The year 2000 ushered in a new century which introduced the world to boy bands, weird fashion trends and much more. It was the year where many people would look back and say, “What were we thinking?” but of course, this does not apply for everyone, specifically the DLSU Badminton Team, for this was the year that they welcomed their soon-to-be-head coach, Owen Lopez.
“Player kasi ako dati ng La Salle. Kami yung first batch ng SRM so nag-one year ako sa La Salle,” he says when asked on how his coaching career began. “So after ng one year lumipat ako ng FEU pero at the same time nagcocoach na ko ng La Salle. I think assistant pa ako nun,” Lopez adds.
Despite transferring to FEU at one point, Lopez remained green-blooded, and over time he went back to his alma mater. Working his way up as a member of the DLSU Shuttlers’ coaching staff, he was eventually named the head coach of both teams. However, like every other golden opportunity, there were many obstacles to overcome, such as handling the players.
“Iba-ibang player na nahahandle mo. Iba iba yung mga ugali so dapat at the same time kahit magkaiba ang mga ugali niyan, yung goal niyo naman nagiisa,” he shares regarding the challenges of being a coach.
Nevertheless, the position has its rewards. Like every other coach, Lopez makes sure that he is able to train his players. After all, playing for a league like the UAAP is one of the greatest opportunities that could be offered for a collegiate athlete.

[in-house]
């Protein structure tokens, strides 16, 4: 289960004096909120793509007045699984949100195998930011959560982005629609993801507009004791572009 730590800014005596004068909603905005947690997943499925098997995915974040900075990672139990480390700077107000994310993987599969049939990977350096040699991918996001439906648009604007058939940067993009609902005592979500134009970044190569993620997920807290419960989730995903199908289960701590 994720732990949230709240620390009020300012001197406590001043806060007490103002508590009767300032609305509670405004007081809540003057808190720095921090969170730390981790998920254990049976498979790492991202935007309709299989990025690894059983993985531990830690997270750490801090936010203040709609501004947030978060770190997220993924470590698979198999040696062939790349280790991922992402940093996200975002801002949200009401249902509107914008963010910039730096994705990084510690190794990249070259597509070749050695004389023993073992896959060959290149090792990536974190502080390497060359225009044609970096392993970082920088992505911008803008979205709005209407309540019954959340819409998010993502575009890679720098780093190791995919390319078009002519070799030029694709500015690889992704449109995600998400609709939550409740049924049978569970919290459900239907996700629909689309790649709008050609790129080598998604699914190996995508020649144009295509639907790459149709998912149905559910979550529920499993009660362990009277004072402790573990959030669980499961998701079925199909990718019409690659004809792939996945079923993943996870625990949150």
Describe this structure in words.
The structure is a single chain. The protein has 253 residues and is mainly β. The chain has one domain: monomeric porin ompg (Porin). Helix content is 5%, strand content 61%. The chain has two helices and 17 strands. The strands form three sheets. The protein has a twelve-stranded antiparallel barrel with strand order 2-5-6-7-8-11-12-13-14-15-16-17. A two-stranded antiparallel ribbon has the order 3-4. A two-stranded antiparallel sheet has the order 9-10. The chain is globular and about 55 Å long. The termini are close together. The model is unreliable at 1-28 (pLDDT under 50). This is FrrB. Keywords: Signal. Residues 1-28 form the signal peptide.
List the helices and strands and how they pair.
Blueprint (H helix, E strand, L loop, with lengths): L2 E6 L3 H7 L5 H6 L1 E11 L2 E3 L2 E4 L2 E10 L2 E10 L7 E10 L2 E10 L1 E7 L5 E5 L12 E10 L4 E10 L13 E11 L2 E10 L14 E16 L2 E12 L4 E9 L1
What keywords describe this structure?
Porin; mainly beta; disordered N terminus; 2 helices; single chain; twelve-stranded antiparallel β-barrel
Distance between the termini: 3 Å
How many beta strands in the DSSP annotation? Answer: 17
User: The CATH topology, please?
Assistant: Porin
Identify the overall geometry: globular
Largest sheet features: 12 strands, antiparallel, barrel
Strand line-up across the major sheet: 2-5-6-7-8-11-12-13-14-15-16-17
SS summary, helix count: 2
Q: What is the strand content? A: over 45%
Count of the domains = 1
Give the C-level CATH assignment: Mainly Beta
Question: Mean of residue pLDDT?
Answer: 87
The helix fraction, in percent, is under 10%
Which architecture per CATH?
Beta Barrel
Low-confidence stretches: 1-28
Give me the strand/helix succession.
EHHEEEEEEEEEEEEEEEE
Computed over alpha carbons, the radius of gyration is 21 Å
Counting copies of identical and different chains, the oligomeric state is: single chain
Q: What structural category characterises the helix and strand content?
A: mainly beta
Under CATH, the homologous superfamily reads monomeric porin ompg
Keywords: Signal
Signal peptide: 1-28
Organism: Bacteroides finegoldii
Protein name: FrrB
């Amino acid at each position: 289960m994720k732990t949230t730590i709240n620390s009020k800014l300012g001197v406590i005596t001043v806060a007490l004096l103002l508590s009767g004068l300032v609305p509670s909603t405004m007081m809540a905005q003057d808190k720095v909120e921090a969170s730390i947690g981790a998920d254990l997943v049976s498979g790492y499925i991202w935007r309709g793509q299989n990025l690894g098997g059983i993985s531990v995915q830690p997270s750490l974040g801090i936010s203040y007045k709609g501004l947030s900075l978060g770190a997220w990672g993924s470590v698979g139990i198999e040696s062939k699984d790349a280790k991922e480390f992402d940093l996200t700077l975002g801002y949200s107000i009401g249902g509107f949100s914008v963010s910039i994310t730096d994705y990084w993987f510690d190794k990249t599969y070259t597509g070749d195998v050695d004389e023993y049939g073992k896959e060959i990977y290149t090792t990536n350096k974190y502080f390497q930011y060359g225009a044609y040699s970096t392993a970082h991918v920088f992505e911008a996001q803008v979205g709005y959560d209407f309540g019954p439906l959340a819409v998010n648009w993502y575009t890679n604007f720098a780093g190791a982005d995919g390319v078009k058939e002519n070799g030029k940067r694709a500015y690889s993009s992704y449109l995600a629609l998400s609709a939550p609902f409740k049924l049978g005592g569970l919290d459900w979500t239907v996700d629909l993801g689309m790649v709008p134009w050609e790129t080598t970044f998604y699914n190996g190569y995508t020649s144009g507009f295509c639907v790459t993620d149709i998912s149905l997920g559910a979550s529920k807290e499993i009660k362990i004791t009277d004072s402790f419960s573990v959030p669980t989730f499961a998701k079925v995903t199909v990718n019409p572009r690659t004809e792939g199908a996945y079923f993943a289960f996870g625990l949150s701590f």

“Pag na-achieve yung goal syempre kasi yan yung pinaka-objective ng team,” he replies pertaining to the lighter side of his job.
Nobody knows the strengths and weaknesses of an athlete more than his or her coach. The coach’s eyes are the best lenses to see and understand the team’s total performance. As a long time head coach of La Salle’s badminton teams, Lopez already knows the shortcomings of his team, and he cites that communication is one of those. “[Ang weakness namin ay] yung decision-making ‘pag dating sa loob ng court tapos at the same time, siyempre, yung studies,” he shares. However, Lopez affirmed that studies remain as the top priority of his players.
Lopez admitted that La Salle’s trimestral academic system is also a factor affecting the performance of his players, especially the rookies. The fast pace and short duration of every trimester becomes a big challenge for the rookies, particularly those who came from public high schools. However, Lopez explains, “Sa first year, medyo hirap [sila] kasi trisem [trimestral] tayo pero habang tumatagal, nakakapagadjust sila.”
As a coach in the sport and as a life mentor, Lopez wishes nothing but all the best for every player that is a part of his team, especially when they leave the University and the UAAP. He wanted to impart to his players the value of hard work and time management. He remarks, “Yan yung pinaka-importante.”
Before this year’s UAAP season kicked off, Lopez shared, “I hope this season maganda yung magiging result. Syempre, lahat naman tayo ang pinaka objective natin is mag-champion ang team.”
Lopez’s Green Shuttlers finished first runner-up in UAAP Season 77 while his Lady Shuttlers bowed out of the tourney in the stepladder semifinals.